What they found was a musical career that see-sawed between moments of great promise, even triumphs, and professional disappointments. Eastman often struggled with poverty, substance abuse, and what his mentor Lukas Foss called “personality problems.” These problems weren’t helped by being one of the few black musicians in his field. When he attended Philadelphia’s exclusive Curtis Institute in the early sixties, Eastman was one of five students of color in his class of 100. While most of his classmates roomed with host families, Eastman lived at the YMCA and had few friends. After graduating, he fell in with New York’s new music scenes, first at SUNY Buffalo and then in New York City. During the seventies he performed on two important albums, singing Peter Maxwell-Davies’s virtuosic avant-garde monodrama Eight Songs for a Mad King, and playing piano on one of the earliest commercial recordings of Morton Feldman’s music, Columbia Odyssey’s pressing of For Frank O’Hara. Along the way he infamously infuriated John Cage during a performance of the legendary composer’s free-form theater piece Song Books. Cage’s instruction for Eastman’s “Solo for Voice” read in part, “perform a disciplined action.” Eastman’s interpretation involved giving a lecture on “a new system of love” and undressing his young male volunteer. The audience loved it, but Cage thought the performance was a mockery of his work and angrily denounced it.

Eastman associated with fine musicians and performed his own work across America and Europe, but he had trouble translating that work into a steady paycheck. He could alienate his peers. During the Northwestern rehearsals, Ferko recalled, he would “explode with rage” whenever someone made a mistake; his manner “was very off-putting, and I was uncomfortable whenever I had to be around him” (Hanson-Dvoracek 2011). New music composers often settle into college teaching positions (like Feldman) or regular touring ensembles (like Philip Glass and Steve Reich); Eastman maintained neither. “Instead, he flew free,” writes the musicologist Paul Griffiths, who argues the composer’s precarious existence had one aesthetic advantage: it allowed him to experiment with wildly different forms and ensembles.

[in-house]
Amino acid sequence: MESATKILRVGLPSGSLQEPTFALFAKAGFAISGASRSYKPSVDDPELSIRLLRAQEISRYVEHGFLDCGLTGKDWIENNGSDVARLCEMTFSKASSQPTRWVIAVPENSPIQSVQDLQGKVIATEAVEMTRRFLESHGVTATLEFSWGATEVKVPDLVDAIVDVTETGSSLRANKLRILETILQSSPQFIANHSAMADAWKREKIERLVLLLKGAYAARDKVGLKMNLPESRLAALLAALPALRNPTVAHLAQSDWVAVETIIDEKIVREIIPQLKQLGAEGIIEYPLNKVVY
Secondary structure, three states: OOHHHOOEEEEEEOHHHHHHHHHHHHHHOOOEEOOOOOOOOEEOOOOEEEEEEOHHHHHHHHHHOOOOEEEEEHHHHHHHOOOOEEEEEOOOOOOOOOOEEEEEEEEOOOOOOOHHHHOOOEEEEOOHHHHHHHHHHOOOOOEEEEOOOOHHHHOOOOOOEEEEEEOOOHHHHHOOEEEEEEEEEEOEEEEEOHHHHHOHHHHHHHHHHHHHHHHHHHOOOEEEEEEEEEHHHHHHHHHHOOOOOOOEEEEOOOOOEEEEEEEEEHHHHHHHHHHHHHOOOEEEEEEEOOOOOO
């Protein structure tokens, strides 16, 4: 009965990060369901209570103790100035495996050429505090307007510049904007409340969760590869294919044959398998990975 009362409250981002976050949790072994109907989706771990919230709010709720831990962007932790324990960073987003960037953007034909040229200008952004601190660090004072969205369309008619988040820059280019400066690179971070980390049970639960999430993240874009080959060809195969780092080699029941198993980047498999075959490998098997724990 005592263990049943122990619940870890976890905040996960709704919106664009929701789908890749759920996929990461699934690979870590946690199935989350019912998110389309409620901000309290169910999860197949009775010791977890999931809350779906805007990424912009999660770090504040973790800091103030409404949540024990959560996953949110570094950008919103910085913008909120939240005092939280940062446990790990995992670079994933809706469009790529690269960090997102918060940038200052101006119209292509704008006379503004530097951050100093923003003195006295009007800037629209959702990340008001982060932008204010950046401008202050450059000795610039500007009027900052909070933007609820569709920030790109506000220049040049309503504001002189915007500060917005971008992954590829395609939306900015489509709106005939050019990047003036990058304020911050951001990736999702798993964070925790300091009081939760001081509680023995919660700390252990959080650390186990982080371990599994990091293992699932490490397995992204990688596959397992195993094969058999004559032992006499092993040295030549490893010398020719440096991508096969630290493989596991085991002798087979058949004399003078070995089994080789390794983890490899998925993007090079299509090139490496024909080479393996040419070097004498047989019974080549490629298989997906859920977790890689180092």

The two Joan d’Arc pieces are perfect examples. Performed in Chicago by tenor Julian Terrell Otis, the Prelude begins with a slow descending melody, a repeated incantation of the three saints—Michael, Margaret, and Catherine—who appeared to Joan in a 1425 vision and urged her into battle. In Eastman’s conception, the three saints appear again before Joan’s subsequent trial, commanding in a higher vocal register, “When they question you, speak boldly.” The piece requires its singer to switch between high and low passages and deftly bend his pitches during long notes. Otis’s performance was even more assured than Eastman’s original, a masterpiece of slow-motion technical control. Wearing a hoodie espousing black activism, he transformed the Cultural Center into a sacred space with his charisma and skill. This otherworldly music seemed to usher the three saints and Eastman himself into the room, and the audience sat riveted.

Powered by ten cellos, the raucous Holy Presence conjured a different musical world. At the end of the seventies, Eastman was living in the Bowery area of New York City, amid a new wave scene centered around clubs like CBGB. In 1978, the singer-poet Patti Smith recorded a self-aggrandizing punk-rock song called “Rock ‘n’ Roll Nigger,” positing herself as a “black sheep” and an outsider—trying to reclaim the term like Eastman was doing. The difference was that Smith was white, and the mostly white punk scene suffered from a flippant racism that sometimes turned vicious toward its African-American minority. In his Village Voice essay “The White Noise Supremacists,” critic Lester Bangs recounted the experience of his black friend Richard Pinkston. “When I go to CBGB’s I feel like I’m in East Berlin,” said Pinkston. “[I]t’s like down there they’re striving to be offensive however they can, so it’s more vocal and they’re freer. It’s semi-mob thinking.”